GOP legislative leaders’ organizational plan calls for fewer gavels, more transparency

New House Majority Leader Kurt Zellers outlined a new committee that's considerably simpler than the old DFL plan shown on the chart.
Photo by Mary Lahammer
New House Majority Leader Kurt Zellers outlined a new committee that’s considerably simpler than the old DFL plan shown on the chart.

The first step of the new Republican majority’s legislative plan was unveiled this afternoon. Basically, it comes down to this: fewer gavels.

Leaders announced today that the number of legislative committees will be cut from 25 to 16 in the Senate and from “38 to 40” committees to 24 in the House. The committees that have survived — in some cases, renamed — will be more closely aligned between the House and Senate than in the past.

“We campaigned on reform,” said new House Speaker Kurt Zellers in announcing the new alignment. “We must start with ourselves first.”

Two things become instantly clear from today’s announcement.

Much tidier flow chart
One, Republicans can create a much neater flow chart than DFLers. Zellers pointed to the old chart, shook his head and said, “To understand this, you had to understand math and geometry.” Indeed, the old chart was a mass of lines going hither and yon.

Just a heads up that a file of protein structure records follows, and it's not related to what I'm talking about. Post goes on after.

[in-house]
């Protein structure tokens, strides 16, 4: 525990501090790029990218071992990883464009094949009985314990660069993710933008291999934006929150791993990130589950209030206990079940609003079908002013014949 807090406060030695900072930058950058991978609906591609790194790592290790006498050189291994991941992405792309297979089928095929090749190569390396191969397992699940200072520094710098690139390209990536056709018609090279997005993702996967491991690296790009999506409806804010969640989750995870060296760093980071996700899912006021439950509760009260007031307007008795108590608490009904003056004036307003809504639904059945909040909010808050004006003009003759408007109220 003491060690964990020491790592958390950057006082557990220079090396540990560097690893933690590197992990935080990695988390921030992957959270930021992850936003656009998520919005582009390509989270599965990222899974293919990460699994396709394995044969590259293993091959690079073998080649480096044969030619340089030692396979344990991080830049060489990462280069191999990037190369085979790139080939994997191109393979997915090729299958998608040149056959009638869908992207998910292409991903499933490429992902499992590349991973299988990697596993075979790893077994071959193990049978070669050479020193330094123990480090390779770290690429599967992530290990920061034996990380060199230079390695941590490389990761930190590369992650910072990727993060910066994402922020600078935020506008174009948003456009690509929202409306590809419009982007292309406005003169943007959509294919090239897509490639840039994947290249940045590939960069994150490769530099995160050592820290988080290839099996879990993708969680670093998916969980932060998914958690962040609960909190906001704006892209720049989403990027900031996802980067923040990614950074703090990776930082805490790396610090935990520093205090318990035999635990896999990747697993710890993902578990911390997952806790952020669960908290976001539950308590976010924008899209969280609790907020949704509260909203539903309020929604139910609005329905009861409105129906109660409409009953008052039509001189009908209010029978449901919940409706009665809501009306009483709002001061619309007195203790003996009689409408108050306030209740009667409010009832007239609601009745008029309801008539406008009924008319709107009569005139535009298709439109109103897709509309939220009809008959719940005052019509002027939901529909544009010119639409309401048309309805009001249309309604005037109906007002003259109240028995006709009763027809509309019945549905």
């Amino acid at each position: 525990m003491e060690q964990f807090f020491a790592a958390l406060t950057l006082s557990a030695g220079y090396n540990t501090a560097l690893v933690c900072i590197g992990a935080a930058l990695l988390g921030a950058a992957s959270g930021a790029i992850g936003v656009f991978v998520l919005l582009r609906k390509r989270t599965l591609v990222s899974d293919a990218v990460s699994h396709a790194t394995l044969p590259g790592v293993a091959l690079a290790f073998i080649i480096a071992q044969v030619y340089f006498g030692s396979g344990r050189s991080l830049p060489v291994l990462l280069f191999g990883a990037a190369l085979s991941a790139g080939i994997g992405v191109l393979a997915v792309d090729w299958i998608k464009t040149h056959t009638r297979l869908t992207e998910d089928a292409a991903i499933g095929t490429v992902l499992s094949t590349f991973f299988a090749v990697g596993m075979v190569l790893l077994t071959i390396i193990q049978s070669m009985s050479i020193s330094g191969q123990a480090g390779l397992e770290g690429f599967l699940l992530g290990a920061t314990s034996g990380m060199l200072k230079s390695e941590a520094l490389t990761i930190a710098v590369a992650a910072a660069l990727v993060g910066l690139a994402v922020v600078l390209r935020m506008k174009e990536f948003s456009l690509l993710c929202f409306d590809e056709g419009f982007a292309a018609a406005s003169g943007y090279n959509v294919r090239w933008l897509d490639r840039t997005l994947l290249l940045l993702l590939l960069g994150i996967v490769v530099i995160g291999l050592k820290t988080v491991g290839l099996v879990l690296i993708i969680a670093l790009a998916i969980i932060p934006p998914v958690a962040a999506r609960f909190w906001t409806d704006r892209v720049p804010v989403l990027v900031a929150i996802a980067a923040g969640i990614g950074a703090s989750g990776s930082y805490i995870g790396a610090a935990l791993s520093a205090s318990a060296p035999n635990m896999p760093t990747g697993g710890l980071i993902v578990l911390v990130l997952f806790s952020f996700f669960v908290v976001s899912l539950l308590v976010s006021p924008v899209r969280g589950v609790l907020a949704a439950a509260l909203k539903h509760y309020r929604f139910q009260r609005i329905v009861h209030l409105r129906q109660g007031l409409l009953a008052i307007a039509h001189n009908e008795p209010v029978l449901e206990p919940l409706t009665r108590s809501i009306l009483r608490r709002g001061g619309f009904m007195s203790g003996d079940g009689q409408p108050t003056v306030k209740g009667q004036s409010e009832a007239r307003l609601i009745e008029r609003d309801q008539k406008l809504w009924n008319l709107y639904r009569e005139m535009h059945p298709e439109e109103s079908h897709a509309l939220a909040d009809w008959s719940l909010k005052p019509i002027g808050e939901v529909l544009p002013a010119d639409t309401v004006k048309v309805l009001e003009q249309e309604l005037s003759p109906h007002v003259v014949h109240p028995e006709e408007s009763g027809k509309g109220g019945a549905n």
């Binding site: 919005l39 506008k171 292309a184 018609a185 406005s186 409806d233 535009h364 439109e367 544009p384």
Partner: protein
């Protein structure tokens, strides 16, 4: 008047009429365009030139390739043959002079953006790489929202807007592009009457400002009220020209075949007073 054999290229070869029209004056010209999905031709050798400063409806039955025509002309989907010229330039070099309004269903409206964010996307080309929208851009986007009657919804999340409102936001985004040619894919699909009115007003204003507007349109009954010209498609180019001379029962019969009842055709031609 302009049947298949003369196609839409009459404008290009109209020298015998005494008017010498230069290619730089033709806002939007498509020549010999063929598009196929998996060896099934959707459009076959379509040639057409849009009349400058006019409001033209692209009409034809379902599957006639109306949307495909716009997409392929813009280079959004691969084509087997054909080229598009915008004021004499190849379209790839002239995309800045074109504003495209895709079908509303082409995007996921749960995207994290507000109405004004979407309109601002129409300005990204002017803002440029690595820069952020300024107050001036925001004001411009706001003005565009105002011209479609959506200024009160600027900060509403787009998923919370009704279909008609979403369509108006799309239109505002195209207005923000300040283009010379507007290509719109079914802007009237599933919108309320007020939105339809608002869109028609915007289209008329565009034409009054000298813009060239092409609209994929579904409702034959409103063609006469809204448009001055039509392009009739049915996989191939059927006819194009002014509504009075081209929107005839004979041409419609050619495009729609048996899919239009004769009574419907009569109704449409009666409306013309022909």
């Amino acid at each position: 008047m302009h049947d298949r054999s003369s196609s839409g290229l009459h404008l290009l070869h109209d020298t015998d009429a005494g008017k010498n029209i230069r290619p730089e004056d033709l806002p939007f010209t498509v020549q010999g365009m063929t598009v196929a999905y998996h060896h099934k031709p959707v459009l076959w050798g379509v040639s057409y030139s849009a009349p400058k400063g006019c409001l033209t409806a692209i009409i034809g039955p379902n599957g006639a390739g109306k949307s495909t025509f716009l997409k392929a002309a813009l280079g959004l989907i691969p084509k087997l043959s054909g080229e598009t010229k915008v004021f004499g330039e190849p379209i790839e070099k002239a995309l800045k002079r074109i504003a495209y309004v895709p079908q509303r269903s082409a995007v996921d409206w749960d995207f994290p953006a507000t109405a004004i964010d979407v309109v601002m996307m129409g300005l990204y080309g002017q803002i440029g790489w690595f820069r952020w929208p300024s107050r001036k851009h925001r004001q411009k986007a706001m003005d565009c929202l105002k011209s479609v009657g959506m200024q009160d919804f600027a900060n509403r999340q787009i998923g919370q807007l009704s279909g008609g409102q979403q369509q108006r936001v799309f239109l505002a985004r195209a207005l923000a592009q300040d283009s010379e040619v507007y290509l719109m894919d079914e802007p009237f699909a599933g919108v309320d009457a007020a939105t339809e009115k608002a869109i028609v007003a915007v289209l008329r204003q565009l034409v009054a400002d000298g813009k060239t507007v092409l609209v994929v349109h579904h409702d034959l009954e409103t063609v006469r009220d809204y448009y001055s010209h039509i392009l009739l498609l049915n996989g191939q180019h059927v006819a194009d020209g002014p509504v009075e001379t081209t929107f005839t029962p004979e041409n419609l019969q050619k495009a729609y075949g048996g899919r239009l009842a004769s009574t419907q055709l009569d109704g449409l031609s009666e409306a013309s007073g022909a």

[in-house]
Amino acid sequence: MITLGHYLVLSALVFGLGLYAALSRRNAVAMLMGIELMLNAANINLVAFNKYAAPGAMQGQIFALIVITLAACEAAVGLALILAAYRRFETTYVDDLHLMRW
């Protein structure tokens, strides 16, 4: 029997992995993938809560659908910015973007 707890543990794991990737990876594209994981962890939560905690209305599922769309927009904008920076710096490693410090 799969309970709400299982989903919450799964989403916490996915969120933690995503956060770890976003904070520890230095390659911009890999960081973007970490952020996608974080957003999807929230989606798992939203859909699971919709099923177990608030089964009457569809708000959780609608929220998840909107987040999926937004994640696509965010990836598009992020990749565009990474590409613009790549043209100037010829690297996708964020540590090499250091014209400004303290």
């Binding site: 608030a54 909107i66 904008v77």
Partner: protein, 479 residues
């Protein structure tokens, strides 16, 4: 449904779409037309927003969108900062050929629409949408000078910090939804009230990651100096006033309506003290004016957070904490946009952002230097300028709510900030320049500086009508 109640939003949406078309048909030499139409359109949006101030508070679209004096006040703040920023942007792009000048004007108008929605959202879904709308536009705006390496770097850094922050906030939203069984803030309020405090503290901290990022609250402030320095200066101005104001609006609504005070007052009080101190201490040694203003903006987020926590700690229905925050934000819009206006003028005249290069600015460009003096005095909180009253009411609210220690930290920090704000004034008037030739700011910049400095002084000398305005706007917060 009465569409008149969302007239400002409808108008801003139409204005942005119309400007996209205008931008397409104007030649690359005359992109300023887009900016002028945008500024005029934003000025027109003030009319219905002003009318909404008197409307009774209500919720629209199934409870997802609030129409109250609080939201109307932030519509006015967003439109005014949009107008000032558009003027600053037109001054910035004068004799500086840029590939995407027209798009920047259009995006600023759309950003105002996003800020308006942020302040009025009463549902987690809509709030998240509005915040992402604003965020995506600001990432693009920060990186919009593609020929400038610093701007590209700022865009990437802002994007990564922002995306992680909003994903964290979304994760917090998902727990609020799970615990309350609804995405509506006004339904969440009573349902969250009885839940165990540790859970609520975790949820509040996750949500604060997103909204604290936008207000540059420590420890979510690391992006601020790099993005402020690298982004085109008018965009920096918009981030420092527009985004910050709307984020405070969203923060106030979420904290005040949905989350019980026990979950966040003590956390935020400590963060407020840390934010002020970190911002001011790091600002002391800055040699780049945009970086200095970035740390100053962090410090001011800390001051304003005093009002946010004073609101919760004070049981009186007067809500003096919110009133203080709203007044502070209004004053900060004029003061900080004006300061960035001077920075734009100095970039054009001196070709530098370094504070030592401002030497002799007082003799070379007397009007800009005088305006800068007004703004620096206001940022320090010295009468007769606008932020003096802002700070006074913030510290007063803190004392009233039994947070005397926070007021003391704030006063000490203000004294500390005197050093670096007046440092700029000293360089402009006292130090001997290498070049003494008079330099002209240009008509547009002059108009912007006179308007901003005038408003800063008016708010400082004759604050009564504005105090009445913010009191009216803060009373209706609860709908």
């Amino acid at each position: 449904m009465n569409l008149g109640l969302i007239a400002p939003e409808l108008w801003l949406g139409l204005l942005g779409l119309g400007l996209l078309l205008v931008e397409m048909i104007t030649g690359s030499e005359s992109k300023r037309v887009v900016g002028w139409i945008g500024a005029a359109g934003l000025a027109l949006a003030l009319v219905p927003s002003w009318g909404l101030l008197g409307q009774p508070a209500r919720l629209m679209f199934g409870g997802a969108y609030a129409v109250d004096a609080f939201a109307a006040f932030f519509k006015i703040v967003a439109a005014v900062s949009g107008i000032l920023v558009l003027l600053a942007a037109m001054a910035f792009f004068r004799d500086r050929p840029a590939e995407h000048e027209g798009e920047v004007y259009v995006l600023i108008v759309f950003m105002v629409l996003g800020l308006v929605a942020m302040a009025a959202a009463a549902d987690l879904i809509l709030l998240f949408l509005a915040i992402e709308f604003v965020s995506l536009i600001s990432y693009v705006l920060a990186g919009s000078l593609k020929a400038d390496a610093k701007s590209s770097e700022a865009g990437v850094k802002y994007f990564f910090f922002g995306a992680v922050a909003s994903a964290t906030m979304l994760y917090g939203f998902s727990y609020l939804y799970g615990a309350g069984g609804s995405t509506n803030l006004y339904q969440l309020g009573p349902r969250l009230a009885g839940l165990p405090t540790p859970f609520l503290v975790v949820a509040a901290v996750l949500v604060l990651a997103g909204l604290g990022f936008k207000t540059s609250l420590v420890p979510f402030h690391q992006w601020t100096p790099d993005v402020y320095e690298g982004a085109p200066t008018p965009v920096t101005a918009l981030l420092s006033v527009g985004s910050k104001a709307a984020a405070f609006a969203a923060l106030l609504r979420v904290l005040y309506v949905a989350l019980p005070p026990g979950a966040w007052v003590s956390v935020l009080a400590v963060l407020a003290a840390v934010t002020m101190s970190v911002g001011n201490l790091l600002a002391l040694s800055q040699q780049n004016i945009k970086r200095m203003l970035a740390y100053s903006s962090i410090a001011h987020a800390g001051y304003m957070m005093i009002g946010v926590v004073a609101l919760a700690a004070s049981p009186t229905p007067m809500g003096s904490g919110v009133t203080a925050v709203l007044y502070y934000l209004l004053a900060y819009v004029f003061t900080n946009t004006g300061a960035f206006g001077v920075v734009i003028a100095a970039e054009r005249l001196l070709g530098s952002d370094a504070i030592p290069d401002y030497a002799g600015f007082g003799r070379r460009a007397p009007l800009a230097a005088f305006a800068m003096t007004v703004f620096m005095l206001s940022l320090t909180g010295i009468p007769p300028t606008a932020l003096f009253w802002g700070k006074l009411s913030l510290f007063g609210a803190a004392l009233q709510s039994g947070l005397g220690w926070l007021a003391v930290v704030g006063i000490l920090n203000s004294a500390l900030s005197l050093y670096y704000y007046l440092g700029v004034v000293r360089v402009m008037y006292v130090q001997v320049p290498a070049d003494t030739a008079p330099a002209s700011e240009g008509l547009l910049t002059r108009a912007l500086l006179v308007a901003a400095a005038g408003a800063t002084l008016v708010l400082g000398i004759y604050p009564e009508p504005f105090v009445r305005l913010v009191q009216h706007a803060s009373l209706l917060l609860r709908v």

This new Republican flow chart, with fewer committees? Very tidy.

“We want to make government more user-friendly,” said the Senate’s new majority leader, Amy Koch.

Second, the new Republican leaders aren’t afraid to step on toes. The reduction, by slightly more than a third, of committees in the two chambers means fewer gavels to be passed out to fewer people desiring to head a committee.

Seante Majority Leader Amy Koch
Seante Majority Leader Amy Koch

Yes, some of those old committees were hopelessly obscure, but legislators can be a little on the egotistical side. It’s better to be the prince of an obscure committee than just another member of a committee with more clout.

Lobbyists filled the room for this unveiling of the new, more streamlined organizational map. Presumably, this new system changes their parts in the legislative drama as much as it changes the parts of legislators.

Under the old system, lobbyists were among the few people in the Capitol who had any idea where a bill was headed. Under the new system, however, they’ll be able to focus their persuasiveness on fewer, but more powerful, people.

Thissen praises streamlining, raises a concern
Paul Thissen, the new DFL House minority leader, pointed out the potential good and bad in the new system in a statement he released at the same time the Republicans were showing off their new design.

“A streamlined committee structure makes sense and both parties have been working on it,” Thissen said.

But he also expressed a concern.

Rep. Paul Thissen
Rep. Paul Thissen

“My fear,” Thissen said in his statement, “is that Republicans will use their new structure to reward the anonymous corporations who helped pay for many of the seats they picked up.”